There is no substitute for hard work. This is especially true when it comes your fitness. But what about that guy at the gym who seems to do nothing, yet is ripped? Or that celebrity, who gets her body back in no time?
Do they know something you don’t? If you’ve been working your tail off but have zero to show for it, don’t despair. Your hard work, combined with some Personal Trainer “tricks of the trade,” can get you where want to be.
Results, here we come.
Brandon Mentore- Precision nutrition certified practitioner
“One of the secrets I use on myself and only a few select clients that I have is the concept of carb loading at night. I tend to eat French fries, cookies, donuts and deserts centered on a workout to actually get leaner.
The reason why it’s a secret is because many of my clients and people in general won't believe or accept the fact that it's possible to get leaner and add muscle on these foods, there is a scientific basis for it and it does work.”
Read more about this here
Ainslie MacEachran- AAAI/ISMA certified personal trainer and a level 2 USA Cycling coach
“The best way to speed up results for my clients and for myself is to incorporate interval training into workouts. Short, high intensity, polarized interval training yields rapid results.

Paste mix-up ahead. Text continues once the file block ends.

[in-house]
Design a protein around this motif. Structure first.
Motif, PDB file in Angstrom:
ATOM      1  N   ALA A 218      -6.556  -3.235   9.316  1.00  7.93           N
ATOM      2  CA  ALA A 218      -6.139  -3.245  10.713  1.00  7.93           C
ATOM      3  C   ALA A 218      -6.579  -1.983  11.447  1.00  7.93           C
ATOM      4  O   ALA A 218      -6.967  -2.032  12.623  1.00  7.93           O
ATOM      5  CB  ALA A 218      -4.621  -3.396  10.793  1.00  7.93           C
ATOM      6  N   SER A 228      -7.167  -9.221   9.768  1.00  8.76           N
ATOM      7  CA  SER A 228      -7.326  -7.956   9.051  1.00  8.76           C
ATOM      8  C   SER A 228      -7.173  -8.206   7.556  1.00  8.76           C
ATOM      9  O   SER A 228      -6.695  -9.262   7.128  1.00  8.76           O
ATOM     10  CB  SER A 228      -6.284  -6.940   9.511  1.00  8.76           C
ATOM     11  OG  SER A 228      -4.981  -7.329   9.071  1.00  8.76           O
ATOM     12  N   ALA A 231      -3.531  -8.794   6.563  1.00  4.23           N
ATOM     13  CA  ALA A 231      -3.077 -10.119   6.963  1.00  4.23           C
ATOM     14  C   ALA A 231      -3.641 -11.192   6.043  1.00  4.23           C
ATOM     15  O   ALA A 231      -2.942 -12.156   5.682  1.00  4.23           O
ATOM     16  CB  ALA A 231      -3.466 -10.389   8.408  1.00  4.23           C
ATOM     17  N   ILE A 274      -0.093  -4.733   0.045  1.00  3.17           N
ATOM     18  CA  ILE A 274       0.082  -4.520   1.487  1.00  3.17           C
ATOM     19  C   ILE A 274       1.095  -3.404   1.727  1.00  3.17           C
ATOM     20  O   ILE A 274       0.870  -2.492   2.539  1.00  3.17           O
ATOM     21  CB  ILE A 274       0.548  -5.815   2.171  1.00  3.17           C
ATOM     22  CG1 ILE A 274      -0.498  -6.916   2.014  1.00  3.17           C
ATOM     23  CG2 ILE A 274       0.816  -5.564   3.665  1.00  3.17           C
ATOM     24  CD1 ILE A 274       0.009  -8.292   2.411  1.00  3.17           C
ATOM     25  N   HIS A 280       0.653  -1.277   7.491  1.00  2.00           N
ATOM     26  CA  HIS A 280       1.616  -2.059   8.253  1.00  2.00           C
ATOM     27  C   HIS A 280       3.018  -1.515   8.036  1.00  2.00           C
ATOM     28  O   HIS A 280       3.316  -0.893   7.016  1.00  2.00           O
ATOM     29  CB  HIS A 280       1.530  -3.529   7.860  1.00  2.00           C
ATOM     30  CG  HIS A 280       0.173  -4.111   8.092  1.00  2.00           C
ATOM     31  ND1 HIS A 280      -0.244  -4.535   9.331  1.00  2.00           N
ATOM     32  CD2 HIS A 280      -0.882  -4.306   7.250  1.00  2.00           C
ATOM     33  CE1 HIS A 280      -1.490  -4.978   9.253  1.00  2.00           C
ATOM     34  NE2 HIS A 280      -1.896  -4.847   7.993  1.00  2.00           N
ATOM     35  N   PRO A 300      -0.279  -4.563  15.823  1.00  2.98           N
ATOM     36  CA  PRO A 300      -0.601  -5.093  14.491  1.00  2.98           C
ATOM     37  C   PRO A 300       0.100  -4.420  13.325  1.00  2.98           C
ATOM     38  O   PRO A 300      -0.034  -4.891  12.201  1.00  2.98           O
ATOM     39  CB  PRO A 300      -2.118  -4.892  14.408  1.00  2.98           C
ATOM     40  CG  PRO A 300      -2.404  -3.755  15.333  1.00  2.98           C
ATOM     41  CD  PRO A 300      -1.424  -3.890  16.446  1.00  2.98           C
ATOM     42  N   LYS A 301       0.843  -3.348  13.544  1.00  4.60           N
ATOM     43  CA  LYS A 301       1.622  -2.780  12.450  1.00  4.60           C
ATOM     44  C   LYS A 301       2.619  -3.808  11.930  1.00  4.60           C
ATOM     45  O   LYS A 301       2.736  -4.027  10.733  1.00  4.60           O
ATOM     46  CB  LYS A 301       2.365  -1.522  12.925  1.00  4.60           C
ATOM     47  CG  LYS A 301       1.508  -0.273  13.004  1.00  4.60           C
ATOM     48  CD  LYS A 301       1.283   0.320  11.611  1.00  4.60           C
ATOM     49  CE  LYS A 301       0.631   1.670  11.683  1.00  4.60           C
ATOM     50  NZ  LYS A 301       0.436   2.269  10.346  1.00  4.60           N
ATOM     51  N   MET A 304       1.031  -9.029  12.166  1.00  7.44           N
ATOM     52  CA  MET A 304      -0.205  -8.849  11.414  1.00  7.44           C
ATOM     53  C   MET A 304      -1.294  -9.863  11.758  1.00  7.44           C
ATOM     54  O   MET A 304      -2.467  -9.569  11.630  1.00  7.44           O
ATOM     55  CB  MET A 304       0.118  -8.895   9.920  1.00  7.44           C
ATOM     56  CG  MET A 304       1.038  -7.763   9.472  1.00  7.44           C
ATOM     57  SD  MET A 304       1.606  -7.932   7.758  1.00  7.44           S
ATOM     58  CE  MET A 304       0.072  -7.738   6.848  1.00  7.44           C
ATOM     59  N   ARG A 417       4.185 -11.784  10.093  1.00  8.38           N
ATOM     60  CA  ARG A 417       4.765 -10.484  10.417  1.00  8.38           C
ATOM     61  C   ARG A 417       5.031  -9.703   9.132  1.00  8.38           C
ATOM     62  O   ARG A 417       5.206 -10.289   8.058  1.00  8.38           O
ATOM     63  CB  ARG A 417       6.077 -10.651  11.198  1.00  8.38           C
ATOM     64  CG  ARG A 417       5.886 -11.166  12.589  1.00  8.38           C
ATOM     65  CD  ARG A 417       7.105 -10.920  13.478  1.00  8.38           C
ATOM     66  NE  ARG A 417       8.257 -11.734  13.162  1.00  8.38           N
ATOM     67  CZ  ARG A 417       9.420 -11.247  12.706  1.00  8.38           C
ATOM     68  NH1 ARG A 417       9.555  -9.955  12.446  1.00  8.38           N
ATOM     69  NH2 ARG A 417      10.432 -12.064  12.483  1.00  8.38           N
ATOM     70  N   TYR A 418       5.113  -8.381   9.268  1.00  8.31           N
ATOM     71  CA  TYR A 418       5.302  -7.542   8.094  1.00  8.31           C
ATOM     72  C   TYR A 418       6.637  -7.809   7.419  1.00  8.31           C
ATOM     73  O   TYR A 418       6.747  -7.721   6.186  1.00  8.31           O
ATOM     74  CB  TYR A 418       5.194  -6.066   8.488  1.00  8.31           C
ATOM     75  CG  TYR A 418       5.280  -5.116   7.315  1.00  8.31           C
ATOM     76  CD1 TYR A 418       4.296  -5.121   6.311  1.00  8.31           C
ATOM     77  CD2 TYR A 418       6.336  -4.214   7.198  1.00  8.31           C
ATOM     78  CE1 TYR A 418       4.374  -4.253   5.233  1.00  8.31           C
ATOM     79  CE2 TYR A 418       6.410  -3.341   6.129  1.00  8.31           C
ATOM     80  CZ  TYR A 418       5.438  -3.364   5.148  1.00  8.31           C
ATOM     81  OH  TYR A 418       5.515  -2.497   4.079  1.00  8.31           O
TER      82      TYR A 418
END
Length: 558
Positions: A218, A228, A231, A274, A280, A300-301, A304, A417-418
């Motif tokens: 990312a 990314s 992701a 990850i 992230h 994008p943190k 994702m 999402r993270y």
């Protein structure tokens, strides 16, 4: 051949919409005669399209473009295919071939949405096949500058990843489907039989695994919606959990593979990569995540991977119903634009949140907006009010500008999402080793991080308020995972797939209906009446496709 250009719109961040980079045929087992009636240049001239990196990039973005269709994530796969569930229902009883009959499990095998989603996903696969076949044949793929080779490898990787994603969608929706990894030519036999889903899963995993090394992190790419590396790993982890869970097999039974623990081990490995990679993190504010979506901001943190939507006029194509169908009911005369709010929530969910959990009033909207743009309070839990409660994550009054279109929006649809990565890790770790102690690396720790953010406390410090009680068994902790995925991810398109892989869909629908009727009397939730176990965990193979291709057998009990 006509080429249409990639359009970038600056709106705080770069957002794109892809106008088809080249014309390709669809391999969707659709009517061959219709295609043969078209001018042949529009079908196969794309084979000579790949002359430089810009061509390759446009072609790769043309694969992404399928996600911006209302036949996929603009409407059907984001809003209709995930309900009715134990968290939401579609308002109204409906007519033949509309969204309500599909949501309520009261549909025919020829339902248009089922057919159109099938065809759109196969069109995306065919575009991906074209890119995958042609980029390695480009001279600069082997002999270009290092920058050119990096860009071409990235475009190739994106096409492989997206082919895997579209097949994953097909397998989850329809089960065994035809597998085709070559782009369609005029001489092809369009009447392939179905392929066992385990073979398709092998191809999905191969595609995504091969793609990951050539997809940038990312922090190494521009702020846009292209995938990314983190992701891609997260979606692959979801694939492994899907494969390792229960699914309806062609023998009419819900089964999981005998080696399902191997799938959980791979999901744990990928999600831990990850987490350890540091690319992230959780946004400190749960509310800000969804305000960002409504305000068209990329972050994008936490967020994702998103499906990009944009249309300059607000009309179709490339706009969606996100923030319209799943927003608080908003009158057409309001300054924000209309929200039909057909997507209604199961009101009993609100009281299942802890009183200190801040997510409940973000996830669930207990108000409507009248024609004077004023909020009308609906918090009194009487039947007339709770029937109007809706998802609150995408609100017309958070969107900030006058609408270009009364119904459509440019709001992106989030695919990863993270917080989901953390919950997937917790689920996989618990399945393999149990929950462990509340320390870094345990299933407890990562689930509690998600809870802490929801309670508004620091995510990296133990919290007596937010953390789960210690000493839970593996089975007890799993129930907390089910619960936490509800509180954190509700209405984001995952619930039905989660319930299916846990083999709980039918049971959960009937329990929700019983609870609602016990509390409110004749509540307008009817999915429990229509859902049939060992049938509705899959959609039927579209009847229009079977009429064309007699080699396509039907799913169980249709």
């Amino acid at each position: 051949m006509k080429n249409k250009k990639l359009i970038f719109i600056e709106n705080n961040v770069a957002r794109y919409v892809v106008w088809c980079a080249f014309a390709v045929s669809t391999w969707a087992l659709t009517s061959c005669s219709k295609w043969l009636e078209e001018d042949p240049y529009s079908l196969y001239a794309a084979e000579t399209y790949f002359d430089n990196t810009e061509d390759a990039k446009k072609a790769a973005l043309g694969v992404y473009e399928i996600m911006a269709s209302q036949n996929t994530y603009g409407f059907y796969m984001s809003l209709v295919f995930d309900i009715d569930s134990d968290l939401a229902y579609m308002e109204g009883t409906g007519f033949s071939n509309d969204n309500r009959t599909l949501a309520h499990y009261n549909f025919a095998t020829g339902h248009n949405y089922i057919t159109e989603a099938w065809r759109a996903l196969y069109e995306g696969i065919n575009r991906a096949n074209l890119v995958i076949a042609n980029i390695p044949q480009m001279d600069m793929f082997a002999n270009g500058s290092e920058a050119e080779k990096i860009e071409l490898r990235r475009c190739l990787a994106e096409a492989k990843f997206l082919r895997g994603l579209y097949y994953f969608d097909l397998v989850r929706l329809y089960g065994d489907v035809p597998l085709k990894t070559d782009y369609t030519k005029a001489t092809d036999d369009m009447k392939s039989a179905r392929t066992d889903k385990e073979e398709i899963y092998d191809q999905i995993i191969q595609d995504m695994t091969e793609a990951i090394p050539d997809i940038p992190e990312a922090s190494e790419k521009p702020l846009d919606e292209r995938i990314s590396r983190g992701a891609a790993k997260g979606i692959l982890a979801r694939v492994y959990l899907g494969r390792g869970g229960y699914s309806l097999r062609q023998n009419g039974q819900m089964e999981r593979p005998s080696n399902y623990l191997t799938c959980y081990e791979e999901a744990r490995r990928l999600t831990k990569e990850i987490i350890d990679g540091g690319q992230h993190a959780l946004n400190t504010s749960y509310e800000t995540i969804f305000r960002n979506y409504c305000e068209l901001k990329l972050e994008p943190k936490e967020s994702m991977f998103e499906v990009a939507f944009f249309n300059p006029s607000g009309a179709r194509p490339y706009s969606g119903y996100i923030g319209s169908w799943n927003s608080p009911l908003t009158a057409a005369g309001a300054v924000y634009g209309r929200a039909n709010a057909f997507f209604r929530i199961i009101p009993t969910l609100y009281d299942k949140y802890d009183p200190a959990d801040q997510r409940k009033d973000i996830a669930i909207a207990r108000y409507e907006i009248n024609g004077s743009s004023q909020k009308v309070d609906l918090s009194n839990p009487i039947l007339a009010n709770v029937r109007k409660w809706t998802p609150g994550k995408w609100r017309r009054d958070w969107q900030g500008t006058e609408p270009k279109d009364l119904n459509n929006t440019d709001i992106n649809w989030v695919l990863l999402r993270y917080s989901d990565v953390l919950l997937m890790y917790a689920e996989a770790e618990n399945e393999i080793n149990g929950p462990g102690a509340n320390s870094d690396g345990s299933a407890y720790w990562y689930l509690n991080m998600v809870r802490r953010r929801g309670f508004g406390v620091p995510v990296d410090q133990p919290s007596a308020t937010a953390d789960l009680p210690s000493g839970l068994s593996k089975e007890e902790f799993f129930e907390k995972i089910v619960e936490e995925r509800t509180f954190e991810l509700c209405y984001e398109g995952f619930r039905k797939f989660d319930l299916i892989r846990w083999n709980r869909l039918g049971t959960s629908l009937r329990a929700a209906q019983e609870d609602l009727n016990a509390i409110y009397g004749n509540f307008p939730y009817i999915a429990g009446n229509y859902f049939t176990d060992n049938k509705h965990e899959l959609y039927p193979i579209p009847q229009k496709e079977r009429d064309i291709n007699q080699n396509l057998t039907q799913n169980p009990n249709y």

Start small, say 30 - 45sec. and allow for equal rest. Do 1 or 2 sets of 5 x 30-45 seconds intervals initially. So it might look something like this:
5-10min easy warm-up
5 x 30seconds hard effort on a cardio machine of your choice
(30-45 second rest between intervals.)
Remember that intervals should be polarized. (HARD is HARD! Easy is EASY!)”
Or if muscle is more your thing……………..
BUILDING LEAN MUSCLE
Lisa Reed- Fitness Expert, Certified Trainer & Strength Coach
“Pre-exhaust –The objective is to fatigue the muscle group you are targeting by single joint exercises before moving to compound movements for the same muscle.
For example, if you are doing a lower body workout, perform a few sets on leg extensions, leg curls and body weight squats before performing compound movements in your workout
(i.e.: squats and leg presses.)
By fatiguing the muscle, you can actually lift more and increase the weight.”
Austin Arnold - Certified Personal Trainer
“Research shows that prolonged eccentric (lowering the weight) actions lead to greater increases in muscle hypertrophy rather than prolonged concentric (lifting the weight) actions.
So whether I am doing a triceps extension, a squat, a curl, a bench press rep, etc., I like to emphasis the eccentric action and slow the descent of the weight against gravity a beat longer to increase my potential gain in muscle.”
With your continued commitment and the tips listed above, the results you deserve are within reach. Stay tuned for more fitness secrets.
Questions? Email – firstname.lastname@example.org